DOSAGE AND ADMINISTRATION
These solutions are for intravenous use only.
The steady-state serum theophylline concentration is a function of the infusion rate and the rate of theophylline clearance in the individual patient. Because of marked individual differences in the rate of theophylline clearance, the dose required to achieve a serum theophylline concentration in the 10–20 mcg/mL range varies fourfold among otherwise similar patients in the absence of factors known to alter theophylline clearance. For a given population there is no single theophylline dose that will provide both safe and effective serum concentrations for all patients. Administration of the median theophylline dose required to achieve a therapeutic serum theophylline concentration in a given population may result in either sub-therapeutic or potentially toxic serum theophylline concentrations in individual patients. The dose of theophylline must be individualized on the basis of serum theophylline concentration measurements in order to achieve a dose that will provide maximum potential benefit with minimal risk of adverse effects.
When theophylline is used as an acute bronchodilator, the goal of obtaining a therapeutic serum concentration is best accomplished with an intravenous loading dose. Because of rapid distribution into body fluids, the serum concentration (C) obtained from an initial loading dose (LD) is related primarily to the volume of distribution (V), the apparent space into which the drug diffuses:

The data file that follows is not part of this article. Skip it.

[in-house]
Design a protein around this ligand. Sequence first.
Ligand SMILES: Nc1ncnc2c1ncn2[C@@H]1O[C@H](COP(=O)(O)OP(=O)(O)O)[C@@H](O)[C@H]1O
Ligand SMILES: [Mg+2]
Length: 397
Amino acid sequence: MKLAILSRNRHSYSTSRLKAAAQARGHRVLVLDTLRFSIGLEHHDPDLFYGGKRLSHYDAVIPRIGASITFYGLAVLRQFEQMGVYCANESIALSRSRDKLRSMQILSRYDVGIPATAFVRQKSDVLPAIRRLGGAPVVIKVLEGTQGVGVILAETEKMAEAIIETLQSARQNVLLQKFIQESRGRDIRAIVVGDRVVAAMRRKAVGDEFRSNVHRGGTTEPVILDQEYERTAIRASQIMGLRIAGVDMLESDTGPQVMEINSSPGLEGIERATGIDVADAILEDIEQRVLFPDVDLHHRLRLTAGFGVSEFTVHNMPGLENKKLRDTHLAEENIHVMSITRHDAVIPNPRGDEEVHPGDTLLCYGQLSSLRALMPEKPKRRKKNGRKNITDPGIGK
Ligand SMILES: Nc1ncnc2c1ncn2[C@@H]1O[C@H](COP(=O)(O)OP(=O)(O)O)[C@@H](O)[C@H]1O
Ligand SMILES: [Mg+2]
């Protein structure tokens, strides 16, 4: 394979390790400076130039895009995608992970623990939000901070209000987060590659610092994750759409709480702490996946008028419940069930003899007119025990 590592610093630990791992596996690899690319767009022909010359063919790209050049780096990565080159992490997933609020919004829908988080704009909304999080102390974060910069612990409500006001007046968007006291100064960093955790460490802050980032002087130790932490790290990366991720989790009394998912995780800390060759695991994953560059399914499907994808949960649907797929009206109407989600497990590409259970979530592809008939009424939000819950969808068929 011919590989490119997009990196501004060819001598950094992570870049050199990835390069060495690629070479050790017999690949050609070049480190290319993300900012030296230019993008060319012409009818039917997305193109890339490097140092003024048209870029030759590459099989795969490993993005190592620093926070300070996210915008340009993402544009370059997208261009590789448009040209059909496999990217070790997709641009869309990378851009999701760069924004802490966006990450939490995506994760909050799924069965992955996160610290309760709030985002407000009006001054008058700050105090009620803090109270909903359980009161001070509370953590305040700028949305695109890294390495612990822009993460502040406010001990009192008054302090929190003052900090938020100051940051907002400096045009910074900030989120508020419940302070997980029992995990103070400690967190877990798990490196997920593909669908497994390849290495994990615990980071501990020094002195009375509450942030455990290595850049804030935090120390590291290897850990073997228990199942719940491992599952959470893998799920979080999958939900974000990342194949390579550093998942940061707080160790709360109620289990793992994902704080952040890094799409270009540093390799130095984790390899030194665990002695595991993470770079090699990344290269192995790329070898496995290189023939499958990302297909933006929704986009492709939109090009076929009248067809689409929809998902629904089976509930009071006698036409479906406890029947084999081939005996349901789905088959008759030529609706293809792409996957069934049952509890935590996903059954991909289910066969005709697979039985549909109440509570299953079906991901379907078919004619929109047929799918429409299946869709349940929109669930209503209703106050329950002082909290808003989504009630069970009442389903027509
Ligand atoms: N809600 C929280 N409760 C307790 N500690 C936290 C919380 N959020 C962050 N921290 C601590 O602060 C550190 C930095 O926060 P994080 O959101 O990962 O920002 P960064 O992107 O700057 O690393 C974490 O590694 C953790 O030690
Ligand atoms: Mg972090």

If a mean volume of distribution of about 0.5 L/kg is assumed (actual range is 0.3 to 0.7 L/kg), each mg/kg (ideal body weight) of theophylline administered as a loading dose over 30 minutes results in an average 2 mcg/mL increase in serum theophylline concentration. Therefore, in a patient who has received no theophylline in the previous 24 hours, a loading dose of intravenous theophylline of 4.6 mg/kg, calculated on the basis of ideal body weight and administered over 30 minutes, on average, will produce maximum post-distribution serum concentration of 10 mcg/mL with a range of 6–16 mcg/mL. When a loading dose becomes necessary in the patient who has already received theophylline, estimation of the serum concentration based upon the history is unreliable, and an immediate serum level determination is indicated. The loading dose can then be determined as follows: